Deep Portage – near Hackensack, MN – In addition to the groomed ski trails, Deep Portage has thousands of acres of glacial hills, lakes, rivers, and bogs (if you’ve never explored a bog in winter, I’d seriously recommend it!), filled with wildlife! Many of the trails are used frequently and offer a packed surface for an easier snowshoe.
Fritz Loven Park – Lake Shore, MN – This 80 acre park is perfect for a family winter adventure. A hidden gem in the area for sure – with beautiful trails through the woodland, a picnic shelter, playground, and a small, yet fun, sledding hill, this is a great place to spend the day!
State Natural and Scenic Areas – These are areas of Minnesota where plants and animals flourish and our state’s natural features are protected. They tend to be a little more off the beaten path, and likely don’t have facilities. But they’re some of the most beautiful areas of our state!
The North Country Trail – This hiking trail stretches for 4,600 miles from New York to North Dakota, with several hundred miles in Minnesota, crossing right through the Walker, MN area. Pull up a map of the trail to find one of the access points and get out there!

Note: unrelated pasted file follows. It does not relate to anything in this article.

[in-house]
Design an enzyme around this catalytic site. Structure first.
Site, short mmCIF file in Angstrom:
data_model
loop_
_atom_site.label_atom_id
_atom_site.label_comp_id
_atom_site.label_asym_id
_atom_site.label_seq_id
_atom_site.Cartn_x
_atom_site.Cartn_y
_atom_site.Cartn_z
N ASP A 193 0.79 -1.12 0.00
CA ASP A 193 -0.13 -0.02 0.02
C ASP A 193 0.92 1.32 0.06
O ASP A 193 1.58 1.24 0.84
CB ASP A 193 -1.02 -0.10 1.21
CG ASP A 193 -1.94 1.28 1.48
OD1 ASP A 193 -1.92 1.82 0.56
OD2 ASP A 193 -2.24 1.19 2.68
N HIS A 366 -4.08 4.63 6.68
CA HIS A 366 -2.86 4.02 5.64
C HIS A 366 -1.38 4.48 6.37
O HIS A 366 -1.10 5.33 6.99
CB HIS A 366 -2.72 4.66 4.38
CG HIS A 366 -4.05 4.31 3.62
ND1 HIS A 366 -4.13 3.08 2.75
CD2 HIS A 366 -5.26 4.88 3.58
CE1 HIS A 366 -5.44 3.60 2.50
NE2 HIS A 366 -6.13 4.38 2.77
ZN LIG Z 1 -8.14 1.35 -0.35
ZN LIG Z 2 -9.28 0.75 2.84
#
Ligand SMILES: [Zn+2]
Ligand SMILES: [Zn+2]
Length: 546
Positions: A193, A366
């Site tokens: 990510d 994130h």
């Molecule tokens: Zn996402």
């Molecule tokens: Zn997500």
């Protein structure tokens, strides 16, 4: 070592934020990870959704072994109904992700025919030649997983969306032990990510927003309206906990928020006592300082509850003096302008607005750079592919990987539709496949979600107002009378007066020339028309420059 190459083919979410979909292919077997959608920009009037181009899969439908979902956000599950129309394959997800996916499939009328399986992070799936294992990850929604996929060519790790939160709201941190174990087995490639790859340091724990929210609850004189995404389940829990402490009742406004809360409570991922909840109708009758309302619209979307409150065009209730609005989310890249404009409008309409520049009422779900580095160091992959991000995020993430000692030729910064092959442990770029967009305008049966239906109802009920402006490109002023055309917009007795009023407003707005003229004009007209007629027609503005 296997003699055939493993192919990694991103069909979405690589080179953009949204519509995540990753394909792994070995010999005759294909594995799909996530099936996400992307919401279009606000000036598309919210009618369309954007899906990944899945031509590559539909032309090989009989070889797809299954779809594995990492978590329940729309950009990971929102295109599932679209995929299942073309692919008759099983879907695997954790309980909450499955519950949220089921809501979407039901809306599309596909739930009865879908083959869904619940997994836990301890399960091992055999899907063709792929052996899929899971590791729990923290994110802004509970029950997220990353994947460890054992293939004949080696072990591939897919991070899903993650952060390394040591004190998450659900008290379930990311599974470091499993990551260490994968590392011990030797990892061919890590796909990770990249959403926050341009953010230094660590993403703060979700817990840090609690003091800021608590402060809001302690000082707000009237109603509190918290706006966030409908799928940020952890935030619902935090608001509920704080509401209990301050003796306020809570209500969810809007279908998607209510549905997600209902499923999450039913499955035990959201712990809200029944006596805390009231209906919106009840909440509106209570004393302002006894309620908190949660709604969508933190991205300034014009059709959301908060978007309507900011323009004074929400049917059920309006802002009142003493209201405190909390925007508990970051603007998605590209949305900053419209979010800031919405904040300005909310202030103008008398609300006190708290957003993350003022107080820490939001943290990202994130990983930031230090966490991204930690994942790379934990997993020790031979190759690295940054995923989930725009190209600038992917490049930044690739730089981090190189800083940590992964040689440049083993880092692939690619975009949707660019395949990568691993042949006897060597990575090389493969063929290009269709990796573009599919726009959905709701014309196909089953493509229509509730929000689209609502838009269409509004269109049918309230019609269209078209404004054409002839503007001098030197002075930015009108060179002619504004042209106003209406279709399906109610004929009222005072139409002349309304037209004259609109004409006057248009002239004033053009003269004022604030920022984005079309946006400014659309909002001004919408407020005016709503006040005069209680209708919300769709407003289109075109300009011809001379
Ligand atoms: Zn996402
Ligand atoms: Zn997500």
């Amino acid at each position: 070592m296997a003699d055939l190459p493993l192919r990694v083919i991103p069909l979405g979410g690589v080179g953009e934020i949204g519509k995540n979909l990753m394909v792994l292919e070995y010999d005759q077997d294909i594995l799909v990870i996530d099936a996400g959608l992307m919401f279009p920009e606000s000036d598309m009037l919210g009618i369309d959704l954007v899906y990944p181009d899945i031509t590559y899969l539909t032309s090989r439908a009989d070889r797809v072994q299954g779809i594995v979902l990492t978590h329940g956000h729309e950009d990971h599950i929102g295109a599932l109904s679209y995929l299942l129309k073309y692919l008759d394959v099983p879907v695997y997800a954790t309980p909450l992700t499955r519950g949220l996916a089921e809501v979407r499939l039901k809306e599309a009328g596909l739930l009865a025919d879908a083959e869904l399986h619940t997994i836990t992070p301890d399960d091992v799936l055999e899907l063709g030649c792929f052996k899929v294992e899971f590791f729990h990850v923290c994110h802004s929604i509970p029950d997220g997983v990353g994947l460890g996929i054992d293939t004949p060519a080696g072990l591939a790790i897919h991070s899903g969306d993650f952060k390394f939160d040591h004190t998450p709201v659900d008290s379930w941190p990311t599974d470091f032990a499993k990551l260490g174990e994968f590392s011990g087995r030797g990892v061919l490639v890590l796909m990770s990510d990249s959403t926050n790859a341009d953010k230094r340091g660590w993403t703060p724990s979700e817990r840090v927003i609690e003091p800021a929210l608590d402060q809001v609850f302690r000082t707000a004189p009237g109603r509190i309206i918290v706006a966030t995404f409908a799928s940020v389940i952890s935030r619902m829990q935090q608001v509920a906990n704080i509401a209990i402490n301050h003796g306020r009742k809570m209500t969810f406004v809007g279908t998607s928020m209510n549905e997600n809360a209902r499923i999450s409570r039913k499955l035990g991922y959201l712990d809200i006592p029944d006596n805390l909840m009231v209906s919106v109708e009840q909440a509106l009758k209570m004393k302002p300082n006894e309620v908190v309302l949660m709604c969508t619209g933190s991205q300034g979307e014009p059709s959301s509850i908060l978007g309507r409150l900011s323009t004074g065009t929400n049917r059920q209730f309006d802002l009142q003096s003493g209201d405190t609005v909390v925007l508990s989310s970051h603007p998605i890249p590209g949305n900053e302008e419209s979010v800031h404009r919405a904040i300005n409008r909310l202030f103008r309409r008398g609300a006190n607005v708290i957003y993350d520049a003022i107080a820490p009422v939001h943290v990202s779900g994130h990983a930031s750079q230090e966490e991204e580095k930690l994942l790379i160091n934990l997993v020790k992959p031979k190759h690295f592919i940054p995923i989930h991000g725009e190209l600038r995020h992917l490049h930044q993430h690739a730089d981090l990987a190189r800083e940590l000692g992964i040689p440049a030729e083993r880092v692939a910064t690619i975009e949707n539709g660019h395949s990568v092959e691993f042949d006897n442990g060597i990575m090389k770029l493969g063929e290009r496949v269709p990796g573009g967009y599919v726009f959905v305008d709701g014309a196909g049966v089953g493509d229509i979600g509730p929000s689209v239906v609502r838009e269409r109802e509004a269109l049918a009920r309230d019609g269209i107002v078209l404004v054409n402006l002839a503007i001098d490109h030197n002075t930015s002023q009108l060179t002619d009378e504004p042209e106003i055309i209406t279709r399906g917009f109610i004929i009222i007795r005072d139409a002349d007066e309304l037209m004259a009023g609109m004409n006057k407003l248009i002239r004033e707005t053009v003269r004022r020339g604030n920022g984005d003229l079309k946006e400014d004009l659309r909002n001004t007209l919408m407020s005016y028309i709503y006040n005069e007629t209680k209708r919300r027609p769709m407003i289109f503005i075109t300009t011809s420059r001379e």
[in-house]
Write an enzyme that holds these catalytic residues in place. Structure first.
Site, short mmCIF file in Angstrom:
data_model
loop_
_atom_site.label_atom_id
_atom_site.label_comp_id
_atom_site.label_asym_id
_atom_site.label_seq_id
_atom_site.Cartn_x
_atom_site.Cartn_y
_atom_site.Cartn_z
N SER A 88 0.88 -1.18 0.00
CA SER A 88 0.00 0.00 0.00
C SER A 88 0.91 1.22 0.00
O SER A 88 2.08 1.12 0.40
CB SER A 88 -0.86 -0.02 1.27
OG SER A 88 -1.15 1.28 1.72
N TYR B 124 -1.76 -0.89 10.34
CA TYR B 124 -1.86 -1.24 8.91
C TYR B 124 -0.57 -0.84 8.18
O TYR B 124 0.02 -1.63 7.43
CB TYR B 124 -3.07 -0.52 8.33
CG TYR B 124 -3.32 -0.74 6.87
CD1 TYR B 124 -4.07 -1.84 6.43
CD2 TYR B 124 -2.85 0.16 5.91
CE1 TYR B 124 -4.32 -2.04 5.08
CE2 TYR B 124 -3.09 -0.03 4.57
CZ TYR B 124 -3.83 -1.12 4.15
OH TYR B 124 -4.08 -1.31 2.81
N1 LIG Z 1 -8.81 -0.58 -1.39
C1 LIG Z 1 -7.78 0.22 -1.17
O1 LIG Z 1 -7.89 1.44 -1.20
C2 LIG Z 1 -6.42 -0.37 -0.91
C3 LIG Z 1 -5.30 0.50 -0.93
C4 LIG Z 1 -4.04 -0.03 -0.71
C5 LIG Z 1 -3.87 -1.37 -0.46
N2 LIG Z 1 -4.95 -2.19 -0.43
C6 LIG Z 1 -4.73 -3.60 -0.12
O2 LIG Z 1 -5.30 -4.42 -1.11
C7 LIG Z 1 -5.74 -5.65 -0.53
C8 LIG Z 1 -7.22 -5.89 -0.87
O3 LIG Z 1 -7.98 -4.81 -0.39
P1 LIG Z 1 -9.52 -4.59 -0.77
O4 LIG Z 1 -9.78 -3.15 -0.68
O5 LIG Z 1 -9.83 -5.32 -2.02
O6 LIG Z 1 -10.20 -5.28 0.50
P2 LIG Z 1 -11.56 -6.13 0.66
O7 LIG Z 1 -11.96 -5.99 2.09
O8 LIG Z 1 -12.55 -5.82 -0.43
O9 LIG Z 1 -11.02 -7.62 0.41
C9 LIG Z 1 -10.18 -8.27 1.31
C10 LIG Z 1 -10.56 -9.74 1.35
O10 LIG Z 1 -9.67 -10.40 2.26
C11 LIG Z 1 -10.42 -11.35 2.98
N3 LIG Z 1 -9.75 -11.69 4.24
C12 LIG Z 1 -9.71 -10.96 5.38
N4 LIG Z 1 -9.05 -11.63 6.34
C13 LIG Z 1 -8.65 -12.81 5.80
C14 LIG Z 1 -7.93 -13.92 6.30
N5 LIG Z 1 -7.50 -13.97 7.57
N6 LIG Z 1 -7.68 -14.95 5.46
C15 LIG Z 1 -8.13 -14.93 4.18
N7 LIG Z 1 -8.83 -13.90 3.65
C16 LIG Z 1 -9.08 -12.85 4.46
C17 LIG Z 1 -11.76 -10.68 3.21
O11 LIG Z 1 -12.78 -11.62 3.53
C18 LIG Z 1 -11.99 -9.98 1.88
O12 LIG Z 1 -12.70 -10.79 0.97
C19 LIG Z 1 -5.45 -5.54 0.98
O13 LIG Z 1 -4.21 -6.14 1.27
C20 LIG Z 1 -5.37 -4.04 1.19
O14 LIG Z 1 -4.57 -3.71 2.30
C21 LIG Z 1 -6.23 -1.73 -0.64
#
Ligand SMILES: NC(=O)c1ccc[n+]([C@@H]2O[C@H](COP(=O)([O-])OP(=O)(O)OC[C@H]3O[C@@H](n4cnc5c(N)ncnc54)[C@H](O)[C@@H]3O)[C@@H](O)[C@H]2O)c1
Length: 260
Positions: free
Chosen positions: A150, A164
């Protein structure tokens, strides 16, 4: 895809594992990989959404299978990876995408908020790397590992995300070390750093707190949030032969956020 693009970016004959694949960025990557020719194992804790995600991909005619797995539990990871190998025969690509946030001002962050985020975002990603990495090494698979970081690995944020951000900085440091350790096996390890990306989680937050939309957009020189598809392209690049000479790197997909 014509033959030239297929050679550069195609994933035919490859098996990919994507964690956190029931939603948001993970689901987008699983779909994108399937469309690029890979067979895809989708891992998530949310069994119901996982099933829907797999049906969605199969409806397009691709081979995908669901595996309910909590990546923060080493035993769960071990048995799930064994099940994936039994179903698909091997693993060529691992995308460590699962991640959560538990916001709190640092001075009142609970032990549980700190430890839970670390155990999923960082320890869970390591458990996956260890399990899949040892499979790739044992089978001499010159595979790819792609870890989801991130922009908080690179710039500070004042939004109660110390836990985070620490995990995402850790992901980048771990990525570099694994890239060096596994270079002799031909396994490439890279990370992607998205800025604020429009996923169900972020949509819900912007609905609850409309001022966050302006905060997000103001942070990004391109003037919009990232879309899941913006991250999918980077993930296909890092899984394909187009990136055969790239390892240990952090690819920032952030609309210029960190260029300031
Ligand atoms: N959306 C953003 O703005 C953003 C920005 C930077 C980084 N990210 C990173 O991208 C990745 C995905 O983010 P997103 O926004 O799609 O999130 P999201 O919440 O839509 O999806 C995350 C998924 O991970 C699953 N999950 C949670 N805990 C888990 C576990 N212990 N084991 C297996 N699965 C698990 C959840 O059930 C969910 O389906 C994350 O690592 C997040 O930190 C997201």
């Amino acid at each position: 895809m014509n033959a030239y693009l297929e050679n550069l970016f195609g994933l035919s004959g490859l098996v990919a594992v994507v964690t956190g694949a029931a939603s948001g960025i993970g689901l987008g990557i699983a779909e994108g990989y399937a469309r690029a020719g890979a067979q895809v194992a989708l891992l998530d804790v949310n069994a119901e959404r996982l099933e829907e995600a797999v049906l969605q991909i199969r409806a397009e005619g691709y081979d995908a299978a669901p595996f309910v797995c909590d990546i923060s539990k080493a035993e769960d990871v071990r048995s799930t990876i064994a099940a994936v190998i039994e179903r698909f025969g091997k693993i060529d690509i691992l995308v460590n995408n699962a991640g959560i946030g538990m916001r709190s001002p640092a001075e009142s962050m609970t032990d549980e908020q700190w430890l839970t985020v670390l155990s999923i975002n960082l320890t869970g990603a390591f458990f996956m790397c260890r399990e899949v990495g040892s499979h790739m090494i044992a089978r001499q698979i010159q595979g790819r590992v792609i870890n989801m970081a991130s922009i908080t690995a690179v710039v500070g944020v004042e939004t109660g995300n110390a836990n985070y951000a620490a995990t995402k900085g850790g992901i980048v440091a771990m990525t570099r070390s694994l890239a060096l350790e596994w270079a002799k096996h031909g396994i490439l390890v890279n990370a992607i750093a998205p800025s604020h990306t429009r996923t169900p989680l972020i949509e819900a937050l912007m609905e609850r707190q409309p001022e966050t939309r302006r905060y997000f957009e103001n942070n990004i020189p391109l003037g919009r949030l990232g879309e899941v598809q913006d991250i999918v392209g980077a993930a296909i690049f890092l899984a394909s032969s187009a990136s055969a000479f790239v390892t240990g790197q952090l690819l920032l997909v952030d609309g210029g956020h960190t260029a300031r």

Many folks head to Sax-Zim for the awesome birding & with hopes to see a Great Gray Owl!
Sax-Zim Bog – East of Grand Rapids, MN – Plan a day trip over to the Sax-Zim Bog, a magical place during Minnesota Winters. People come from far and wide to visit the bog to see the unique landscape, abundance of wildlife, and bird diversity that rivals anywhere in the state. The visitor center has many bird feeders, which draws in lots of wildlife, and a snowshoe trail through all the activity! You can also borrow snowshoes from the Welcome Center for FREE to go on this short trail, or at a small cost to go other places in the bog.
Additional Rental Locations in the Lakes Area
Cragun’s Resort & Snowmobile Headquarters – Cross-country skis & snowshoes
11000 Craguns Dr, Brainerd, MN 56401
Breezy Point Resort – Cross-country skis & snowshoes
9252 Breezy Point Drive, Breezy Point, MN 56472
Easy Riders – Cross-country skis & snowshoes 415 Washington St, Brainerd, MN 56401 218-829-5516
Bemidji State University Outdoor Recreation Center – Cross-country skis & snowshoes 220 19th Street NE, Bemidji, MN 218-755-4135
Occasionally Deep Portage has winter ski or snowshoe programs that come with a rental, though they do not have rentals available on a daily basis. Contact Deep Portage to find out more about their winter programs.
Get out there & enjoy the snow!